By Andrew Farkas
Kenmore, NY; BlazeVOX [books], 2019
232 pages, $16.00, paperback
Reviewed by Lindsay Ball
In Andrew Farkas’ second short story collection Sunsphere, he weaves stories in alternate universes that all tie back to the city of Knoxville, Tennessee and its remaining landmark from the 1982 World’s Fair, the sunsphere. Farkas’ experimental, surrealist stories explore many different perspectives, from a grease addict to a narrator that does not really exist. Throughout the collection, Farkas investigates the mind and how different people think. His writing also explores the idea of societies, groups, and communities as well as the effect they have on individuals. In “The Physics of the Bottomless Pit,” he describes the life of a Stone, saying “the only long-term pals you have are other Stones who keep falling with you, but if they decide to become Toilers or even Flyers, then you leave them behind, making your own small transient community…” Farkas experiments with some of the bases of humanity, forcing characters into extenuating circumstances and questioning when people hit their breaking point.
Near the middle of the collection rests “Everything Under the Sunsphere,” a story about a man named Gene living in a version of Knoxville that suffers from extreme temperatures and a gang of arsonists. Both Gene and the city itself are attempting to manage an identity crisis. Gene says he is able to find relief through a woman named Stiria who “Cools me down wherever I am. She keeps me away from the heat, the burning, the scorching, the chaotic inferno, whether I’m with her or not.” Throughout the story, Gene struggles to understand himself and the city he lives in. As he tries to understand himself, Gene thinks “I like to think I was made in God’s own image. That God is just as awkward, and ridiculous, and sweaty as me, that He has so many names because He’s too timid to tell anyone they’re wrong…” The story also demonstrates the different ways people deal with extreme circumstances, such as Gene, the Phlogistonites, and others doing their best to survive in the chaotic world surrounding them.
Similarly to “Everything Under the Sunsphere,” “The Physics of the Bottomless Pit” explores the perspectives of characters attempting to create a life in a hectic environment. The piece is split up into multiple sections in order to show how different people in a society interact with and think about a bottomless pit that has opened up next to the sunsphere. One section includes a description of what to do in case of falling into a bottomless pit. Farkas writes that one should fall “like your parents told you to, expressly against your parents’ wishes, like a stone, like a brick, like a pillow…” Farkas also describes the sense of community that people attempt to create in the chaotic world, whether while falling in the pit or living in fear of the epidemic the pit has created. Through the story, Farkas demonstrates the various ways that people cope with a difficult situation, and his vivid language and imagery make readers feel as if they are there and can understand the current situation.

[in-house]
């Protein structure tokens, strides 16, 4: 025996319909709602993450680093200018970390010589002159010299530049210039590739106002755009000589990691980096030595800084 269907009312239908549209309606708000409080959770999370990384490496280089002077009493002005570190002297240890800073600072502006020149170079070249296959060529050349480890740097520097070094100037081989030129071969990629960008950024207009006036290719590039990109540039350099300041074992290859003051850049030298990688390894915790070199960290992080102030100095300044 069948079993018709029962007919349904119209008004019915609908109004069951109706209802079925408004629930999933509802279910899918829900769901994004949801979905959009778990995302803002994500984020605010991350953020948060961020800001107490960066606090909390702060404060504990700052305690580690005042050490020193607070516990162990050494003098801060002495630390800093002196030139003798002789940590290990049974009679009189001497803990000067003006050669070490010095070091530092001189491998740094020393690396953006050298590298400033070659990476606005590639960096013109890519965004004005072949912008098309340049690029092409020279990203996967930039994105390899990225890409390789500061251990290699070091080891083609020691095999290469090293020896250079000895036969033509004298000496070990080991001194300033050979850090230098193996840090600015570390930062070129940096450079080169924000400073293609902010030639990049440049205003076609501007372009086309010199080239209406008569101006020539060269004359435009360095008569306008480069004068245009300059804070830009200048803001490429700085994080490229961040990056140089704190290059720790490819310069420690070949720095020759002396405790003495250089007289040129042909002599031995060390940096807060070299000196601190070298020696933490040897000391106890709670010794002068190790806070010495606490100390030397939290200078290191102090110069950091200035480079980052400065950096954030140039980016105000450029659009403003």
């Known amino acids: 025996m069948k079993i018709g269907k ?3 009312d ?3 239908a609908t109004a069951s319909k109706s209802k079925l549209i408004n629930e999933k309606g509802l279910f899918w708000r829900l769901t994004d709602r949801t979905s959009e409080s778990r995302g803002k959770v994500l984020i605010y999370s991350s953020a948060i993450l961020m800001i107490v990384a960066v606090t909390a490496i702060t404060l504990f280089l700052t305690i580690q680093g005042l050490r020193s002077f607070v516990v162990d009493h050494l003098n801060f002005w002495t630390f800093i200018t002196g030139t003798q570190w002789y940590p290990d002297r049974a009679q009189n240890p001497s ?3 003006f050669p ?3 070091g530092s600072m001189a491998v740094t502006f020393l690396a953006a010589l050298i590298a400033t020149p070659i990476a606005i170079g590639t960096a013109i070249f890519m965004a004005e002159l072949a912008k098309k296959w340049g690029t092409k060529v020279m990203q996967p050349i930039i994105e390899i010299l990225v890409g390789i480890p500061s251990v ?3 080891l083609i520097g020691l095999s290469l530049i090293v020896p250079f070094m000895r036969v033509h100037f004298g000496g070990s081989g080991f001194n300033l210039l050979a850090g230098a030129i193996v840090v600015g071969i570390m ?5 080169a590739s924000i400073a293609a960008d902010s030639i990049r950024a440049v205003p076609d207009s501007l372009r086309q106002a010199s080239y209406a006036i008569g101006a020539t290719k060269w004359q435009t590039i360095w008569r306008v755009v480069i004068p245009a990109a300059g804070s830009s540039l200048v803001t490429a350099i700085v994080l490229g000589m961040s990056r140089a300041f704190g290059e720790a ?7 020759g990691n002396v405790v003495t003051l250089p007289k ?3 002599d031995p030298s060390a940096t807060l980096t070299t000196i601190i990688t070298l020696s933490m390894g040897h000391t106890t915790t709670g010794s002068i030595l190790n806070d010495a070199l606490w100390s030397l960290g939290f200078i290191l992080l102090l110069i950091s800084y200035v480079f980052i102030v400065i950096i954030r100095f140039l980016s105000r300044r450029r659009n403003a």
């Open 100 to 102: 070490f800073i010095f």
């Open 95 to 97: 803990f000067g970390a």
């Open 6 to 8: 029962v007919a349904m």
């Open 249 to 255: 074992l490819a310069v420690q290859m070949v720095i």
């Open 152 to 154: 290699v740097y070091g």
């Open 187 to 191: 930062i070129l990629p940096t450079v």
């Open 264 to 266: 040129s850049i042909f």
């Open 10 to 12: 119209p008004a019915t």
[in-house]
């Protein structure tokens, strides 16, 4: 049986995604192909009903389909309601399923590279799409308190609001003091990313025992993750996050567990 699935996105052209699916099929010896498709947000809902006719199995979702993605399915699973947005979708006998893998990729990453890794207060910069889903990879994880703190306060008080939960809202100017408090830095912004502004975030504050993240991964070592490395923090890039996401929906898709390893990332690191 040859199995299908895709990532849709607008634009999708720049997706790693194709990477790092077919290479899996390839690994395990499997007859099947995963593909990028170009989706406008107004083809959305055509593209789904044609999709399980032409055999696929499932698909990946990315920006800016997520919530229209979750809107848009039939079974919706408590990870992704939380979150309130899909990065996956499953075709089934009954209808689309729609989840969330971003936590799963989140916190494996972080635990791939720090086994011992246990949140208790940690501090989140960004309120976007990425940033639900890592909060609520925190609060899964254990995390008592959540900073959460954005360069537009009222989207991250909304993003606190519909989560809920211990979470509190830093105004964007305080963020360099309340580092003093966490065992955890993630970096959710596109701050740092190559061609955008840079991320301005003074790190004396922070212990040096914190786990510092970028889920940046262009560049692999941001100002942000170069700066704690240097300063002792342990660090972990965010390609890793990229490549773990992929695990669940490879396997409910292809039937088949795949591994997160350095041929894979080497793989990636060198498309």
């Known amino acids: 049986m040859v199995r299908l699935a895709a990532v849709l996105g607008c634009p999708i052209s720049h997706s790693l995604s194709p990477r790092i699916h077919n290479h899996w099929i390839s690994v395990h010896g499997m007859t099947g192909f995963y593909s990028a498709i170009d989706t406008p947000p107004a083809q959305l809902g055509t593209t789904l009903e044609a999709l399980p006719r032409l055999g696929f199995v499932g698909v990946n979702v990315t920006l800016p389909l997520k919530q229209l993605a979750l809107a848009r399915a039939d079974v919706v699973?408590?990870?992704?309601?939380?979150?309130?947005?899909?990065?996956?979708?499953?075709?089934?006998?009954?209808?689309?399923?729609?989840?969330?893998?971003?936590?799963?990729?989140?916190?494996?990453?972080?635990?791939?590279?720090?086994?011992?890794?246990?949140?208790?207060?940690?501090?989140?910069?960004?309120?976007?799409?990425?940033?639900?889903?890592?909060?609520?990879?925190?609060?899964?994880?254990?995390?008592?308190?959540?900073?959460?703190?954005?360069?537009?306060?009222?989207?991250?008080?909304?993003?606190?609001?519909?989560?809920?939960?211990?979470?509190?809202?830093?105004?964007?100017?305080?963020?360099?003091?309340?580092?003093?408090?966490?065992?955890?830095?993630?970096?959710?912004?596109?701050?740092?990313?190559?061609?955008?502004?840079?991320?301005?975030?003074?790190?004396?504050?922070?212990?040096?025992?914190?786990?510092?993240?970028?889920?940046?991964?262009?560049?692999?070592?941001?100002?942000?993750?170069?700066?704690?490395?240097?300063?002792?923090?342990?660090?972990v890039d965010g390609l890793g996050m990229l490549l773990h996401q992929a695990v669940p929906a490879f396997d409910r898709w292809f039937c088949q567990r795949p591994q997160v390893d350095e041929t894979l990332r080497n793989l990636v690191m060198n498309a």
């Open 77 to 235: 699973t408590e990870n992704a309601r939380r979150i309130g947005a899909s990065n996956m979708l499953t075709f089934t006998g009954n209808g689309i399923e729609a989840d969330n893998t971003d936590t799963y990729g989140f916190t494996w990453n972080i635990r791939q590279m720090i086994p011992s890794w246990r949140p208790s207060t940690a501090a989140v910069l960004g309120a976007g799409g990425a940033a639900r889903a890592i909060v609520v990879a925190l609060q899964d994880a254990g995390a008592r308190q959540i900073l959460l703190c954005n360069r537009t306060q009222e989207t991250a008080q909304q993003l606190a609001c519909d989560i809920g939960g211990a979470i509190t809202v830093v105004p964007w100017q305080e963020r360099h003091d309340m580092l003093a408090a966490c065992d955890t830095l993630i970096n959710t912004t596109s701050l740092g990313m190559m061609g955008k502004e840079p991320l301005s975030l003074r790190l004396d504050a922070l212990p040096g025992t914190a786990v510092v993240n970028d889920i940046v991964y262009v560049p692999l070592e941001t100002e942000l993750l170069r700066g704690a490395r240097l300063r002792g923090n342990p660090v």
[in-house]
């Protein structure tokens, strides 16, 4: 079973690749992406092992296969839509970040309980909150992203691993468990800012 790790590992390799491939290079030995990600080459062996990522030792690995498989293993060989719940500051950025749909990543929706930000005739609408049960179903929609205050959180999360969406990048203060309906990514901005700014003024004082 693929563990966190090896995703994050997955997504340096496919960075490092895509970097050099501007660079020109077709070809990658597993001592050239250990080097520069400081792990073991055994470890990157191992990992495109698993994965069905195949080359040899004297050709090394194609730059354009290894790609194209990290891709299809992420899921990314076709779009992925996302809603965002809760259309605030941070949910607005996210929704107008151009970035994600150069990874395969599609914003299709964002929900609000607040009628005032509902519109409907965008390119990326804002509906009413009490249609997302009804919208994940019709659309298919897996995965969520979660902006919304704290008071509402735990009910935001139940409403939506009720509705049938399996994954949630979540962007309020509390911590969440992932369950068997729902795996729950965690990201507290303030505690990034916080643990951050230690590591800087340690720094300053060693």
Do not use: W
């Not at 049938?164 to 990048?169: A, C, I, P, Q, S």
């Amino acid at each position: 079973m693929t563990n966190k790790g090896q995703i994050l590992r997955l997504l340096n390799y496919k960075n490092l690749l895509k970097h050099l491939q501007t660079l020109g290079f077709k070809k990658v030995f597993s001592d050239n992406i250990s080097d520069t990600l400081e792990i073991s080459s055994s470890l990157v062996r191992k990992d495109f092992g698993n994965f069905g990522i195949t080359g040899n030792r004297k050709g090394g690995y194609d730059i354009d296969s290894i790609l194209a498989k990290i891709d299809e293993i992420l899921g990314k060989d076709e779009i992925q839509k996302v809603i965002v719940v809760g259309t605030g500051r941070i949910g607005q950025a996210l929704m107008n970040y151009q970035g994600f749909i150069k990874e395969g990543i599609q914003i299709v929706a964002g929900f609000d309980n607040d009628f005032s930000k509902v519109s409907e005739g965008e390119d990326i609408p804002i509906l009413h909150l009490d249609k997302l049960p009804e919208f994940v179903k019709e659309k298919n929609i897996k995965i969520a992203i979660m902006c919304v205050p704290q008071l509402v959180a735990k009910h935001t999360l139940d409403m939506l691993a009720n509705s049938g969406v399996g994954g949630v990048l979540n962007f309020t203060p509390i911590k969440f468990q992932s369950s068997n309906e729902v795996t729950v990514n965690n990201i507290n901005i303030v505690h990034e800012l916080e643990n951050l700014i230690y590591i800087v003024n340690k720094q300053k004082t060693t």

Another piece in the collection, “White Dwarf Blues,” allows Farkas to experiment even further with perspective. This self-proclaimed drug noir story is told by the narrator and main character, a drug addict whose “suicide of choice” is grease, specifically Captain D’s. Farkas uses this humorous voice to tell this story from a unique point of view. Throughout the story, Farkas plays with the idea of awareness through this protagonist who believes he is fully reliable and in control, whether he truly is or not is left up for the reader to determine. The main character states that “I can play both sides- the reliable narrator and the deluded junky. So, don’t worry. You can trust me from the beginning (which isn’t here yet) to the inevitable downer ending (oh, I can’t wait) in this my drug noir.” Farkas creates a feeling of unease throughout the story, despite its amusing tone. The contrast between the narrator’s cheery attitude and the darker elements of his story only adds to this feeling. The story is a journey through a stereotypical drug noir manipulated to fulfill Farkas’ greater purpose: to explore how a sense of identity affects a person’s life.
Through Sunsphere, Andrew Farkas develops ideas of self-identity and purpose through various characters. He explores how different circumstances and societies can impact a person’s views on both the world and his or herself. Each story in the collection is thought-provoking, forcing readers to evaluate their own existence as they journey through the various versions of Knoxville. Farkas’ writing weaves a world that engulfs readers for a few hours, until they breathlessly reach the conclusion with new knowledge about themselves, or at the very least how they might react to a ravaged version of Knoxville, Tennessee.